So the collective meaning of innovation can be summed up as:  something new, original, useful and meaningful enough that it transforms the markets behavior from one state to another. Read it again and ask yourself who is really bringing innovation that changes the markets behavior.

Many organizations say they have or are about to release innovative products as if just saying the word makes it true. Consider nearly half of the S&P 500 used the word “innovation” in their Q3 conference calls. Shane Snow said it best “If you go around telling people you’re humble, the opposite is true.”Humble” is a descriptor that’s bestowed not seized. The same is true with “innovation.”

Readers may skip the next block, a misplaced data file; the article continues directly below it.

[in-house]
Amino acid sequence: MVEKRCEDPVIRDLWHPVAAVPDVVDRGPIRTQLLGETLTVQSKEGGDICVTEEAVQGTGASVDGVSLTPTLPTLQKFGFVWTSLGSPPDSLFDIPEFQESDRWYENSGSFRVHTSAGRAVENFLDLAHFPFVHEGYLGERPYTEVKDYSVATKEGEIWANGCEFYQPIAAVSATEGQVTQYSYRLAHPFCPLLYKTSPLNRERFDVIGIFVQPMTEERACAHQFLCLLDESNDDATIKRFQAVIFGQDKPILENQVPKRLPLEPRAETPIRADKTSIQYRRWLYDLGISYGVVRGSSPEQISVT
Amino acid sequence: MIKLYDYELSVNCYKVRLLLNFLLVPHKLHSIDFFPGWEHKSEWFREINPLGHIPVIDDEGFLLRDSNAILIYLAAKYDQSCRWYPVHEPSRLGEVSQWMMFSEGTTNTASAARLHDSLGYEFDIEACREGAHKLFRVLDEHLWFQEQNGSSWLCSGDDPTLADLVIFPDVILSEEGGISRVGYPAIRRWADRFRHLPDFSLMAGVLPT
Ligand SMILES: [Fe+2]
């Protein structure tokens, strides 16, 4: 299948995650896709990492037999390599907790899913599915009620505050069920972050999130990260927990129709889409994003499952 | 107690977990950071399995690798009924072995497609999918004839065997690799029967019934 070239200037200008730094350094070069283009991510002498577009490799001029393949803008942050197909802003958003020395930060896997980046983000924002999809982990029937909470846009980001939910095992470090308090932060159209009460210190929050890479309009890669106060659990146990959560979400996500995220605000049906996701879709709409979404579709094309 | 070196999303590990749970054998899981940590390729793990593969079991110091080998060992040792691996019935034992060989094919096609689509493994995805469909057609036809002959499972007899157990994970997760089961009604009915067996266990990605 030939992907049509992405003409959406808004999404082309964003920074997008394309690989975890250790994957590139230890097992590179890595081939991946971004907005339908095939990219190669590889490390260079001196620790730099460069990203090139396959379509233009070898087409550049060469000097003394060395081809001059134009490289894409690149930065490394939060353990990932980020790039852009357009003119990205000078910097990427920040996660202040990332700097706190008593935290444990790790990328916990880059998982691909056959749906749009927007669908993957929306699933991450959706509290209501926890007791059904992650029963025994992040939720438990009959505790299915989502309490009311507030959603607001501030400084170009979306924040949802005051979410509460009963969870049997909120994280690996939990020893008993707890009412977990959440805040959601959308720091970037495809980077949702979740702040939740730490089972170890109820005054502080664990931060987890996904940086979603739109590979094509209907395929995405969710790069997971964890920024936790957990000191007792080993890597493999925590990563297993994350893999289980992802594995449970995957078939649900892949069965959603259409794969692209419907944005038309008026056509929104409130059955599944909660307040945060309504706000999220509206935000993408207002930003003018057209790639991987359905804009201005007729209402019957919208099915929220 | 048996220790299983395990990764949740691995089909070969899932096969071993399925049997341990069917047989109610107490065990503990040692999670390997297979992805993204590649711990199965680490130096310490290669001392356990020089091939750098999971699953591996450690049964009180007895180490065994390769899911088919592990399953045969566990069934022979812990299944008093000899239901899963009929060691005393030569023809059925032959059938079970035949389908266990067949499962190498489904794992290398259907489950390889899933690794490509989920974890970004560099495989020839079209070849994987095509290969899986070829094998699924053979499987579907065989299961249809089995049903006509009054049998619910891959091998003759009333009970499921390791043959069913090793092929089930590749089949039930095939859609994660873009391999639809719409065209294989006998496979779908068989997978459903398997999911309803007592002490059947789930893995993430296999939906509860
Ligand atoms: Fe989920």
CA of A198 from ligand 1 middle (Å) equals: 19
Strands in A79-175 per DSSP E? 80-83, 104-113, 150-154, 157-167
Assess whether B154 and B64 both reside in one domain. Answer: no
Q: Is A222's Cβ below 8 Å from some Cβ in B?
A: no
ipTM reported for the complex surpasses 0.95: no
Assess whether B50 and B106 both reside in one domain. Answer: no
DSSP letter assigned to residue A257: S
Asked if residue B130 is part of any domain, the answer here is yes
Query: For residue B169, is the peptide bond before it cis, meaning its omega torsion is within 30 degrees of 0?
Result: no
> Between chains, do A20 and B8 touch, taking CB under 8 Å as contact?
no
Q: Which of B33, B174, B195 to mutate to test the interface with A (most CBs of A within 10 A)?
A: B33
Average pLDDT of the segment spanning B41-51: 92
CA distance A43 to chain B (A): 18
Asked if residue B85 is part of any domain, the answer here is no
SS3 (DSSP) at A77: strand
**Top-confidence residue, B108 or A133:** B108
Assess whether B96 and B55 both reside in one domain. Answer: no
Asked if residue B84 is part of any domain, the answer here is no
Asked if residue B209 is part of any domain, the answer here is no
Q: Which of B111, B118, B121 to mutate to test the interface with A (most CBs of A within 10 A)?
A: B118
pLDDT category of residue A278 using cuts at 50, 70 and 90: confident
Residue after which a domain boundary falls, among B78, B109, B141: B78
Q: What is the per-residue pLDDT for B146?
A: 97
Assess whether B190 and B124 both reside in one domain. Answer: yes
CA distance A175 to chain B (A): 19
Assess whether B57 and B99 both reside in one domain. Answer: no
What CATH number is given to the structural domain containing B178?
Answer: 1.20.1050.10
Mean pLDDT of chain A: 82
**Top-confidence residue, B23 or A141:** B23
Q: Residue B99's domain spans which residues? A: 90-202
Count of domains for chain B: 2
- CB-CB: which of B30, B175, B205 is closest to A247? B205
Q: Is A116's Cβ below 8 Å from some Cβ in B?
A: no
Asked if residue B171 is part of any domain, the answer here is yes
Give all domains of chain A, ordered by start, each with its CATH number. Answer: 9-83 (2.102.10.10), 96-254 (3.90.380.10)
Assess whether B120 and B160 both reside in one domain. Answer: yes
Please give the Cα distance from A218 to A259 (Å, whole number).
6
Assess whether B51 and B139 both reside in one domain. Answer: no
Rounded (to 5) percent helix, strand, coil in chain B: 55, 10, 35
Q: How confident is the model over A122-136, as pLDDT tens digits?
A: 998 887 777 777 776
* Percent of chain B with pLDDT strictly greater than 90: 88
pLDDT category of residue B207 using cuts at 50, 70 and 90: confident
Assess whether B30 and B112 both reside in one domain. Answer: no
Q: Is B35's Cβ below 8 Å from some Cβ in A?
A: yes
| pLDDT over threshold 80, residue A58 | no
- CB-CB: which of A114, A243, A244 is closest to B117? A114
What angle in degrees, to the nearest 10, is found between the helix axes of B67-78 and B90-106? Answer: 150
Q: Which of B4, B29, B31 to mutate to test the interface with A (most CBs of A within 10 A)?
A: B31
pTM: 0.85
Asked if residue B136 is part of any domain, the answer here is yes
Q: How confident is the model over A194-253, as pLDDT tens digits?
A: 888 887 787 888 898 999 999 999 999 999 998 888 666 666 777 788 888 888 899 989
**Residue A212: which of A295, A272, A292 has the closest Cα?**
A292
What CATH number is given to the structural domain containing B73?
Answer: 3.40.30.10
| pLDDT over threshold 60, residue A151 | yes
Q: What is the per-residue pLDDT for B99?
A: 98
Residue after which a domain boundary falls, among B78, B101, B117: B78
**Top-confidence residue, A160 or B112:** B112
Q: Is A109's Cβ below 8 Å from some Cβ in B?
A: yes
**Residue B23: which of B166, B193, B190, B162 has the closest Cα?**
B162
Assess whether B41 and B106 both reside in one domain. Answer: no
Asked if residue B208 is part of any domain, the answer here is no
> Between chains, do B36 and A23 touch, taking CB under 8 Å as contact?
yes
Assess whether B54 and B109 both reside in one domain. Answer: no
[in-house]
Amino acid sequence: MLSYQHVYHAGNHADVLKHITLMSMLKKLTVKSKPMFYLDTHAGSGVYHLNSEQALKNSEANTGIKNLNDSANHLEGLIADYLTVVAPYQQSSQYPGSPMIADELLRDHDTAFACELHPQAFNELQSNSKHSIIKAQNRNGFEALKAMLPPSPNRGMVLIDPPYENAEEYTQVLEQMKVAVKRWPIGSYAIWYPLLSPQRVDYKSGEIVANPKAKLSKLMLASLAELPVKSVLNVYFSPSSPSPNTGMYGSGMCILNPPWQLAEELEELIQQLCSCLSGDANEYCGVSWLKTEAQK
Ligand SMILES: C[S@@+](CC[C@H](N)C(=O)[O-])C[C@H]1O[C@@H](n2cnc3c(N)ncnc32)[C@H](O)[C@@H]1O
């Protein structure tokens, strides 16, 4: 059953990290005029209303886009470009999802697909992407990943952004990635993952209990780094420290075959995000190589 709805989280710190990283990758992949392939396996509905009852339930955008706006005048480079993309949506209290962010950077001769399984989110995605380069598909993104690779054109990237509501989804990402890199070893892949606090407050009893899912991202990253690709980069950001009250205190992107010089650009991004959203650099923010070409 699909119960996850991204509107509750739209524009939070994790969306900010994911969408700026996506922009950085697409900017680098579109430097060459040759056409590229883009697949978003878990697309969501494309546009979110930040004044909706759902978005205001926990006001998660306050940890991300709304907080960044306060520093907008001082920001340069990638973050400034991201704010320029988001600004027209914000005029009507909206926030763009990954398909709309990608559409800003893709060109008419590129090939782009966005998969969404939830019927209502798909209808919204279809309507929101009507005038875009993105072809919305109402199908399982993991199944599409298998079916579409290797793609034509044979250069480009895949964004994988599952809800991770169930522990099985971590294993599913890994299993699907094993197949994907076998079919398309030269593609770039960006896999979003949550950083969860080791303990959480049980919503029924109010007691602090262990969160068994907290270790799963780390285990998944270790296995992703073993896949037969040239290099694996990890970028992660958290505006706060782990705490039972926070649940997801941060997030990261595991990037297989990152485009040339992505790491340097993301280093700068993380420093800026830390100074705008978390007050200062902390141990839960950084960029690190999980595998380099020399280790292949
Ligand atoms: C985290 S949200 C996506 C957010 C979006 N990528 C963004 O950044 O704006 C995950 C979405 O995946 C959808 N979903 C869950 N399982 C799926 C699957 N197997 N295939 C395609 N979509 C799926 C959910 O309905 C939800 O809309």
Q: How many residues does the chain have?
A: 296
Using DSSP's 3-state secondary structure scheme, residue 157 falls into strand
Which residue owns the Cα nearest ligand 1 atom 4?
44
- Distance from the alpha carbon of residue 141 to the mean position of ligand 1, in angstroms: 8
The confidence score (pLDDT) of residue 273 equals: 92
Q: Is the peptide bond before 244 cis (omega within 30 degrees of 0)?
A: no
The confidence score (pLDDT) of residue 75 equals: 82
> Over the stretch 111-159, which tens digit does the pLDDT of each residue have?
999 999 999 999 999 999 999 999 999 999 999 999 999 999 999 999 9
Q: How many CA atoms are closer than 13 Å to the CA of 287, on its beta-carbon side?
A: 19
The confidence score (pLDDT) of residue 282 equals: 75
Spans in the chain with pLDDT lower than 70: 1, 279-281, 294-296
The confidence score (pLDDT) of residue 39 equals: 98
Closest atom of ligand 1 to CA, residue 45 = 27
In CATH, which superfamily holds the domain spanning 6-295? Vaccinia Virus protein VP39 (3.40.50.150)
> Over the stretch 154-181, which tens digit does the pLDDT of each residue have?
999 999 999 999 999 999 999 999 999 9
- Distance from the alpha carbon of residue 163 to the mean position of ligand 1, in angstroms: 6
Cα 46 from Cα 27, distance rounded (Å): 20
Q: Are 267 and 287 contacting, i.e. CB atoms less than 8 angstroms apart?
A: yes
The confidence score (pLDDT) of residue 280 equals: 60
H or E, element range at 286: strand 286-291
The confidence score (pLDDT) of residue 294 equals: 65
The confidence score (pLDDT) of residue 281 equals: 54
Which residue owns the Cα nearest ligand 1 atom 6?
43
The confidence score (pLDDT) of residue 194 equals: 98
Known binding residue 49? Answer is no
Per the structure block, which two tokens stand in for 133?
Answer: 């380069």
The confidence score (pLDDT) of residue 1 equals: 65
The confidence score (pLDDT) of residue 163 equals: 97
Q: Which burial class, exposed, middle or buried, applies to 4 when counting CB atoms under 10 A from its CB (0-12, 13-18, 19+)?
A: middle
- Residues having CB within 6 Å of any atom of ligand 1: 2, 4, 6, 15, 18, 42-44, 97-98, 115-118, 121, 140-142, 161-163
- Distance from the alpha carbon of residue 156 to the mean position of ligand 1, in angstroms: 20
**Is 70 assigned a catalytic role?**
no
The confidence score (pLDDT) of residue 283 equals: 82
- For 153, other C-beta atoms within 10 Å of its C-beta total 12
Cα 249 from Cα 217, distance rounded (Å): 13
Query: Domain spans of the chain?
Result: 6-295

Innovation Doesn’t Follow It Leads

In a connected marketplace of consumers with growing influence innovation is the magnet of attraction that fuels the influence. Entire markets have been changed by Apple’s products, Google’s search engine capabilities, Facebook’s network effects and many others who have introduced disruptive innovations.

Innovation is the fuel of the 21st century. Innovation provides the value stakeholders and stockholders seek.  Stakeholders get enormous value out of using innovation while stockholders gain economic value from massive consumption of innovation. Just how much value? Instagram’s entire company was only 12 employees creating value for over 150 million users when Facebook bought them for a billion dollars.

 So how can your company create innovation?